Tuesday, June 3, 2014

How to Give Positive Criticism - Clues for other writers

One of my earliest experiences with writing criticism was of an editor flinging my pages at me and shouting "This is an insult!" Some contest crits are just as harsh. I'm coordinating for two contests at the moment and the spirit of that editor is alive and well.

Here's my radical statement: Every writer is good at something.

It is the job of the contest judge, mentor, crit partner, and writing buddy to find that good thing and articulate it. Not only will this make what needs to be fixed easier to hear and absorb, but it will provide real knowledge.

Many critics assume writers know what they are doing right, but that's not necessarily the case. Those editors in their heads may focus on what's totally messed up, awful, inept -- an insult. They don't have time to worry about the "good" stuff. And maybe that's true for the critics (who usually are writers, too). It makes me wonder what they tell themselves about their own writing.

When I teach a face-to-face class, the simple solution is to ask people to lead with "what worked." In fact, I usually write it in big letters on a whiteboard. When someone gets his or her turn and begins with a screed I hold my hand up, wait for silence, smile, and point to the board. People may stumble a bit with the positive words, but they find them.

Since I can't stand in front of contest judges or online students or most of you who are criticizing manuscripts, here are some things you might consider saying first:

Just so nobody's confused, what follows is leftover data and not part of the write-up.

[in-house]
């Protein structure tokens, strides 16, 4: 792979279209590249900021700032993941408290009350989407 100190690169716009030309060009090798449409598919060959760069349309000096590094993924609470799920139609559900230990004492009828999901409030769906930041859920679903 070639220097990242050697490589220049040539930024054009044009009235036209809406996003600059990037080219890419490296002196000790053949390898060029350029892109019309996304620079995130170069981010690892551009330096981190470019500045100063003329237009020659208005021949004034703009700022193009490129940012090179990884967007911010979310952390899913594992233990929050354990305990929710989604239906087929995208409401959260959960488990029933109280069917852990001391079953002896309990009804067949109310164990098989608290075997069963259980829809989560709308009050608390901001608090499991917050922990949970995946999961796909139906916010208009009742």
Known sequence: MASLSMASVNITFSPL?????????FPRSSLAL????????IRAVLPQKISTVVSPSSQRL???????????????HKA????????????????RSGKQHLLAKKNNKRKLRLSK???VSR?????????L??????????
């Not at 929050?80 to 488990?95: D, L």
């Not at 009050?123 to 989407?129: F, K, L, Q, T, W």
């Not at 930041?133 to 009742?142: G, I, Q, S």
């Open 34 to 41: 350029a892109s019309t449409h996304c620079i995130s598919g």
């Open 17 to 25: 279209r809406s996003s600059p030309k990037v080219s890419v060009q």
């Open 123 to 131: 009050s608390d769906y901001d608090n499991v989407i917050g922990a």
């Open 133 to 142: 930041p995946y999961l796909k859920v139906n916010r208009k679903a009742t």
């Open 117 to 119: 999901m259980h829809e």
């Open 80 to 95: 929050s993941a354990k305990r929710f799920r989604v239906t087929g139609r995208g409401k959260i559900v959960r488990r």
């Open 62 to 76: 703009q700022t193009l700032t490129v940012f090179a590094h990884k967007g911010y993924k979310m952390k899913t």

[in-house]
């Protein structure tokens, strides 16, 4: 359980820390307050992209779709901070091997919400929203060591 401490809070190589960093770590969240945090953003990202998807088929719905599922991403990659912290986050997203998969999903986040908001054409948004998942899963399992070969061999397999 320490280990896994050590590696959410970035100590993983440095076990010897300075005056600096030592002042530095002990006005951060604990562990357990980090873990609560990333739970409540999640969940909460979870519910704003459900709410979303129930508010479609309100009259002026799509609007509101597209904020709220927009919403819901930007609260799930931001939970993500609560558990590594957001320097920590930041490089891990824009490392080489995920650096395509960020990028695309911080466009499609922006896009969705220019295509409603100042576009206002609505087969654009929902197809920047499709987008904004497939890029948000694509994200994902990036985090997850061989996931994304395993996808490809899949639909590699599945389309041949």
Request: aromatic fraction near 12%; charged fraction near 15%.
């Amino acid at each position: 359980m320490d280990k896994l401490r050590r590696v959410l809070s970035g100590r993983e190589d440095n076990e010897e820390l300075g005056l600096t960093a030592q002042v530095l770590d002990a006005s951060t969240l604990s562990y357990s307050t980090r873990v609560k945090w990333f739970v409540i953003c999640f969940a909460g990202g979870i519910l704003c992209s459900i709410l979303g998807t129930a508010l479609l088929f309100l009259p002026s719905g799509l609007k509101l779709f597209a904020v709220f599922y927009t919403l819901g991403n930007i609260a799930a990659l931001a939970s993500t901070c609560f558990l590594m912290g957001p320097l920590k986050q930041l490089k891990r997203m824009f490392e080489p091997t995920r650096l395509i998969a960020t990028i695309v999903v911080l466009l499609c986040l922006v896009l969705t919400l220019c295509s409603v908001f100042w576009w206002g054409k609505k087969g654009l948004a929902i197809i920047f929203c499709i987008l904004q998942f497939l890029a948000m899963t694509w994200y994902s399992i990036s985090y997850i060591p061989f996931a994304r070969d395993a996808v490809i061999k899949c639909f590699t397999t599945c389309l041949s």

• The beginning really hooked me.
  • I love the main character.
  • The voice is fresh.
  • I wanted to read parts of it out loud.
  • I never got confused.
  • I didn't see the twist coming.
  • I could see the images.
  • I felt like I was in the setting.
  • Great premise.
This list can keep going, complimenting the author on having the courage to test the hero, pointing toward new perspectives, and clever lines of dialogue, etc. One sentence, of course, is rarely enough. Explanations -- I like the hero because he saved the cat -- can make it a real learning experience.

The follow-on words come much easier once the one positive sentence is spoken or written. I think we all want to tell people what they did right and a help them to keep doing it. Having a starting point releases the good words and pushes the harsh editor into the background.

Now, I am not averse to telling people what needs fixing. We all need that (in consumable doses, not laundry lists). But "catching them doing something right" (advice I heard in the context of parenting) reenforces the talents and capabilities of writers. It is just as important to their growth as eliminating problems.

As an added bonus, when you learn to provide positive criticism for others, you can provide it for yourself. And that will help with your own growth as a writer.


  1. A wonderfully positive post, Peter. I was always taught to give feedback as a 'crap sandwich' - lead with something you liked, follow up with an area that needs work/improvement, and end with another positive point. As you say, this gives the writer something rewarding to focus on while they digest the harder part! (Of course, it's usually easier to tell others than hear the news oneself!)

  2. Thanks, Teagan. I've heard the sandwich rule, too. It can keep things civilized, especially in face-to-face settings. Several people have told me it can be difficult to be honest or productive when they offer positive criticism. A starter kit seems to help. I also model the behavior. Though I try speak or write a comment last, I find people pick up on that after a few cycles.